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Comfort Movie

More self-therapy for the week of stress last night in the form of an unabashedly sweet but surprisingly not too brainless chick flick, The Holiday.

This is decidedly the most "chick" of the chick flicks I have seen - all female affirmation and fantasy. I can't imagine the "date" sitting through this with much pleasure, except of course for the comely Cameron Diaz and to my eyes comelier Kate Winslet, who was inexplicably playing the "plain" one, and who even more inexplicably ended up with a sweet but completely unattractive Jack Black. But the eye candy stakes on the other side were more than compensated for by the godlike Jude Law (my word, if I were 20 years younger, I would get on a plane and hunt that man DOWN!!!). Jude was playing completely against type (this is the female fantasy part) by being a totally NICE guy who weeps when Cameron is going to leave him and has two beautiful daughters whom he adores and is not even divorced, he's widowed, which is of course oh, so romantic... And of course all this sounds like a sick-making anti-feminist nightmare, except that the message seemed to be that women needed to divest themselves of attractive men who were bad for them (and find themselves an even more attractive one like Jude who would be good for them, yes, I know) and stick up for themselves and get a life, and the whole premise was that both these women were having holidays BY THEMSELVES (which of course I'm going to be doing in less than two months time) and changed their lives and it was really their decision and not because they were rescued by some man. And I'm sounding pretty incoherent, but that's probably because I'm thinking about Jude Law with his tousled blond locks and his faded blue jeans and I haven't had my first coffee yet today...

I love romantic comedies; in fact, some of my all time favourite movies fall into that genre - The Sure Thing, Say Anything, High Fidelity (oh, did I mention they also have to star John Cusack?), or Working Girl (well, a young and still attractive Harrison Ford will do nicely, too), or, of course, pretty much anything with Audrey Hepburn in it, especially if it's also starring either Gregory Peck or Cary Grant. Nowadays they do make me feel a bit "ubi sunt" and wishing I were 20 or even 10 years younger. I fear even Miss Brodie in her "Prime" was younger than I am now... sigh. This is not to say that I am not totally content with my postmodern bohemian spinster state, but... a woman can still dream.

Comments

( 12 comments — Leave a comment )
noveldevice
Mar. 25th, 2007 05:31 pm (UTC)
Ranj liked it. We saw it in a sneak preview about a week before it came out, and he found the characters engaging and the story involving.
intertext
Mar. 25th, 2007 05:41 pm (UTC)
Well, Ranj sounds like a real sweetie - but, yes, it was an engaging movie. Glad it wasn't "just" a chick flick!
noveldevice
Mar. 25th, 2007 05:43 pm (UTC)
He said it was the best thing he'd ever seen Jack Black in. :)
lidocafe
Mar. 25th, 2007 05:52 pm (UTC)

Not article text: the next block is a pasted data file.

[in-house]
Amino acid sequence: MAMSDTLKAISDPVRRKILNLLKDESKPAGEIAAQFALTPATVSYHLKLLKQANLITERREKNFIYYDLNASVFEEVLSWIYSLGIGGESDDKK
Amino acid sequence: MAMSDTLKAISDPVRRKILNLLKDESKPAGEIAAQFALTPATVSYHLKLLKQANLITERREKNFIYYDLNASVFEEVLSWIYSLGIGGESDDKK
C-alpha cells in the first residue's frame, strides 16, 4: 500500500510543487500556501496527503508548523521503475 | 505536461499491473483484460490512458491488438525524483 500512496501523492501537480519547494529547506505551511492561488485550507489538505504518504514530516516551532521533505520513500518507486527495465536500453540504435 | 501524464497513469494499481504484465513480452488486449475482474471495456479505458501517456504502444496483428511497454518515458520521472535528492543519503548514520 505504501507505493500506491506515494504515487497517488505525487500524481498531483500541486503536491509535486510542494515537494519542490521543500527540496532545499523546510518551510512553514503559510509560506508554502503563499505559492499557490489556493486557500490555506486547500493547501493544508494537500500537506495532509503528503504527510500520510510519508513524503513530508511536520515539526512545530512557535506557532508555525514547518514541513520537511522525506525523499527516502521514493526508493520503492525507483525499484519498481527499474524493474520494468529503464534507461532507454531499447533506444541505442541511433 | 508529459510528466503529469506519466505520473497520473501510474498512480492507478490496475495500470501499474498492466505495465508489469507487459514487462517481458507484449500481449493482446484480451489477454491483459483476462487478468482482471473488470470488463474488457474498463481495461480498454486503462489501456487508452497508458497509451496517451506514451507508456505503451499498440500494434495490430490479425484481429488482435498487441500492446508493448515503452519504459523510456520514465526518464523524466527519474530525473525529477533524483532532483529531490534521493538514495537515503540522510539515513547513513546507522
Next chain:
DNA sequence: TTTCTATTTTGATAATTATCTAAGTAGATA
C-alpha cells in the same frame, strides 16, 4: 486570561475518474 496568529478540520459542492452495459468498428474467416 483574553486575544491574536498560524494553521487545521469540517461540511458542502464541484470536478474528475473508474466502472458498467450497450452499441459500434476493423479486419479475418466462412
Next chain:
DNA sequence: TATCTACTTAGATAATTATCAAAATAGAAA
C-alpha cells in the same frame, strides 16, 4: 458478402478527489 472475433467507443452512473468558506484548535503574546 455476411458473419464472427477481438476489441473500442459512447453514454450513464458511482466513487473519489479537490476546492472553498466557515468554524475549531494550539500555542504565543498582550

You'll love this comment I overheard one woman make to another in Blockbuster yesterday: "I want a movie where they get together and stay together!" I know I often fall for those movies myself, even though I don't think I will. My favorite, speaking of Audrey, is Breakfast at Tiffany's, which takes Capote's story of a gay man and a prostitute and turns it into a hip and charming love story. Talk about spin!

Maybe these movies are really for those of us who are not 25 or even 30. Romance becomes more attractive once reality sets in, perhaps!
intertext
Mar. 26th, 2007 03:54 am (UTC)
Yeah, I like Breakfast at Tiffany's, but my all-time favourite Audrey movie is Charade. Audrey, Cary, and Paris, plus Henry Mancini and a sizzling script. What more could you ask for? (I think I've seen it about ten times...)
(Deleted comment)
intertext
Mar. 26th, 2007 03:52 am (UTC)
Romantic comedies, when they are done well, are like champagne, bubbly and heady and delightful. They can be just silly twaddle, but when they sing, they sing.
lidocafe
Mar. 27th, 2007 01:49 am (UTC)
Yes, if they're good, they're just like champagne. If they're bad, they're like a bottle of warm Baby Duck (do they still make that stuff?).

I agree about Charade, by the way. And somehow, Cary Grant doesn't come across as a dirty old man despite being so much older than Audrey. What do you think of Reality Bites? Or Before Sunrise?
intertext
Mar. 27th, 2007 03:35 am (UTC)
I actually haven't seen Reality Bites. I LOVED Before Sunrise, and Before Sunset, though I liked the first one better, I think because it was so... familiar. I've lived that one.
lidocafe
Mar. 27th, 2007 04:28 am (UTC)
Oh, you should check out Reality Bites--it's pretty clever, and three people who aren't normally that charming (Winona Ryder, Ethan Hawke, and ben Stiller) are all adorable in it. Plus it's got the great Janeane Garafolo as the wittier, edgier friend. Though maybe I should go easier on Ethan Hawke, since I loved Before Sunrise too. I don't think I've ever hated so much to see someone get on a train!
lidocafe
Mar. 27th, 2007 04:29 am (UTC)
Wait a second . . . "lived that one?" Tell me more!
intertext
Mar. 26th, 2007 03:30 pm (UTC)
yes, and replied in the affirmative!
intertext
Mar. 26th, 2007 09:21 pm (UTC)
...and see your gmail - sorry, misunderstood your question!
( 12 comments — Leave a comment )

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